Adam Wolf’s REAL Movement Fascial Highways Video,
an adjunct to the new book, Real Movement
The understanding of fascia has seen many developments in recent years. We now know the body, made up of an integrated system of fascial connections, allows combinations of tissue to lengthen together in order to control forces, while efficiently effectively controlling movement.
In current pain science, it’s now understood that the site of pain isn’t necessarily the cause of the pain—a limitation in one area affects the whole. It’s also recognized that pain produces inhibition; therefore, as we understand the principles of motor control theories, we can prescribe the correct combination of mobility and stability movements on an individual basis to help correct a problematic movement pattern.
The body exists in 3D and must control gravity, ground reaction forces, mass and momentum.
This video lecture and workshop explores fascia from the lens of integrated movement and motor control principles. The hands-on course teaches a principle-based approach to assess and test the relationships between muscles and fascial lines, while learning manual therapy techniques designed to improve overall function.
Additionally, Adam teaches strategies to load specific movements to improve tissue mobility. Using a principle-strategy-application process, in this video you’ll explore assessment and design solutions for whole body influence.
“Adam Wolf and his REAL Movement is the real deal! He has a marvelous perspective on human motion that will change your view of movement.” ~ Dr. Perry Nickelston, DC, NKT, SFMA Founder, Stop Chasing Pain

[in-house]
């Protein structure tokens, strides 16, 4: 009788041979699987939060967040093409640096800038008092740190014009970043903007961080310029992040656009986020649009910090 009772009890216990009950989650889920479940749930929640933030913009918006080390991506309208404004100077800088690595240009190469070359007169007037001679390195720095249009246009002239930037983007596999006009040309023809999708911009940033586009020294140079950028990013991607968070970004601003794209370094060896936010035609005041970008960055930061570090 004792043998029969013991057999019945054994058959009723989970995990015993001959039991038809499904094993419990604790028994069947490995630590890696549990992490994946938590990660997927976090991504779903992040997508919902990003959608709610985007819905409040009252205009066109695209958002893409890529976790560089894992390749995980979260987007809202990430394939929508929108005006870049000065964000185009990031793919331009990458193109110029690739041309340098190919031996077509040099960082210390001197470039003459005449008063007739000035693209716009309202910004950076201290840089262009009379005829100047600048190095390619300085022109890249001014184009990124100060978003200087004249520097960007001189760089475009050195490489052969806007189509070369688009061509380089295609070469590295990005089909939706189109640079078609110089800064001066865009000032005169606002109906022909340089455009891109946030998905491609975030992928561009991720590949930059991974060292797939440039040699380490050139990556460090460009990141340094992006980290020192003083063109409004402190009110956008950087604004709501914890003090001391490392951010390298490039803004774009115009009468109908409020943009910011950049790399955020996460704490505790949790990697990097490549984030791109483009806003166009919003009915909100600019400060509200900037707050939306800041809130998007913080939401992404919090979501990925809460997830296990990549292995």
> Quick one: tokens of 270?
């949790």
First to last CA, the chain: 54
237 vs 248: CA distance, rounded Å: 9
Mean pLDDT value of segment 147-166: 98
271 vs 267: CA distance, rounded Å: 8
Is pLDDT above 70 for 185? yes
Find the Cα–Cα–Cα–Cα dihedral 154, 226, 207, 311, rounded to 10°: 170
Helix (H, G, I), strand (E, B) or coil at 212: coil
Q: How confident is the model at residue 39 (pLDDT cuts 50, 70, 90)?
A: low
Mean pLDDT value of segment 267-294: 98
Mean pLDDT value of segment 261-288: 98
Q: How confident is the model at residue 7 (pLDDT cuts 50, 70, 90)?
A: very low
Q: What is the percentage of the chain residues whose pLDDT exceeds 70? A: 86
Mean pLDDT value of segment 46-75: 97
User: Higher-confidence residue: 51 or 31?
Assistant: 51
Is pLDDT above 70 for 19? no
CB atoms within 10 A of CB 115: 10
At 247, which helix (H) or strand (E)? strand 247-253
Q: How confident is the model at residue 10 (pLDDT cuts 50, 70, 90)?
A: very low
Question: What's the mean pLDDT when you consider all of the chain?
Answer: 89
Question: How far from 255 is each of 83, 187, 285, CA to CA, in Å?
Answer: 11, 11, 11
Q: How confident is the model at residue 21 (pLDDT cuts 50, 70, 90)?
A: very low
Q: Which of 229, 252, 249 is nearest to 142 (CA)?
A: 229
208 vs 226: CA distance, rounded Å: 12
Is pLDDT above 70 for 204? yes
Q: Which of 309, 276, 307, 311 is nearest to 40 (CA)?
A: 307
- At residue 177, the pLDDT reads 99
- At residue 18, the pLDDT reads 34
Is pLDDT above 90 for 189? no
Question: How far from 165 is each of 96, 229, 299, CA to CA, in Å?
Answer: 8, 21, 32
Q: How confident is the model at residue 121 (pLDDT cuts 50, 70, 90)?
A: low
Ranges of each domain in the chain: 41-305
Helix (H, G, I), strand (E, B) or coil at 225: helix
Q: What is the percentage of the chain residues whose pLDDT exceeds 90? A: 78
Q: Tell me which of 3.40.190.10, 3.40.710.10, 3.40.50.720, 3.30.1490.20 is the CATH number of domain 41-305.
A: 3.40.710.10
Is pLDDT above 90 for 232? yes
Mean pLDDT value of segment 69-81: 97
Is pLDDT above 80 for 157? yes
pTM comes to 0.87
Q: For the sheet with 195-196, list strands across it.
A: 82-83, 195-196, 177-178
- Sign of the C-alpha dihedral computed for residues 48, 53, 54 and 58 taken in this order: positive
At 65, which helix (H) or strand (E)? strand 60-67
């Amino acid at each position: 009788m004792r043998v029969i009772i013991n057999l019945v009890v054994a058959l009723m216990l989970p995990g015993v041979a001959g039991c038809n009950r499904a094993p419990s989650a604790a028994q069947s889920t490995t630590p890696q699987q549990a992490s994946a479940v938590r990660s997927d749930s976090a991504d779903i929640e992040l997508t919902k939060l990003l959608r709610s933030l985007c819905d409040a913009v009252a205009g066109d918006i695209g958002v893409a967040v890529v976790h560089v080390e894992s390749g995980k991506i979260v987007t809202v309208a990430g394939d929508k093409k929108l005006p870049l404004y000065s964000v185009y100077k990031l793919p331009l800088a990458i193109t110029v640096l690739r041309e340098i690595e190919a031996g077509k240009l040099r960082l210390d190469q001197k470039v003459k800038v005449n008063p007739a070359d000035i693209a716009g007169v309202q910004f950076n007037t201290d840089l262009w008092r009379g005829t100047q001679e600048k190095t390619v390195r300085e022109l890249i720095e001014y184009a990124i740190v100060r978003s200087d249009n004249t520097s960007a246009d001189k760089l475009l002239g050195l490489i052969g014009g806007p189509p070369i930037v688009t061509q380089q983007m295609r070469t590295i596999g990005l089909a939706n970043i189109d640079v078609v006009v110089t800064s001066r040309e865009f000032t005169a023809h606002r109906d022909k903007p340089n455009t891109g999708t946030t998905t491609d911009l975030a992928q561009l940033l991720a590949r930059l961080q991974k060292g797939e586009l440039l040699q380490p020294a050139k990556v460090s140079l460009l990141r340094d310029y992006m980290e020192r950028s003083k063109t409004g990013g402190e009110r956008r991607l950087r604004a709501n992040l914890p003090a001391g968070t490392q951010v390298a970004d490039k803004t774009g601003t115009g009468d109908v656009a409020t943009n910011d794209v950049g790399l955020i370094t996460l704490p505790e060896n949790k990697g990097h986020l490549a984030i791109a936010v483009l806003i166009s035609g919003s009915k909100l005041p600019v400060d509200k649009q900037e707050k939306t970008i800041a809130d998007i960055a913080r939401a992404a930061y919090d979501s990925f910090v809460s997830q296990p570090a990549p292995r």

- Assessing fascial highways using integrated movement for all patient populations
- Mobility issues: manual and self-myofascial release techniques
- Structure-specific assessments for motion, mobility and stability
- Links in the chain: Why the site of pain isn’t always the cause of the pain
- Corrective techniques, design solutions and specific therapeutic exercises for stability limitations
- Identify anterior, posterior and lateral flexibility fascial highway function and discuss how these relate to movement
- Describe the principle-based assessment approach for bio-individuality, global, local and essentials of observation
- Examine the effects of specific fascial changes such as injury, myofascial restructuring, altered movement patterns and dysfunction
- Understand and discuss principles of motor control and the relationship of pain and inhibition.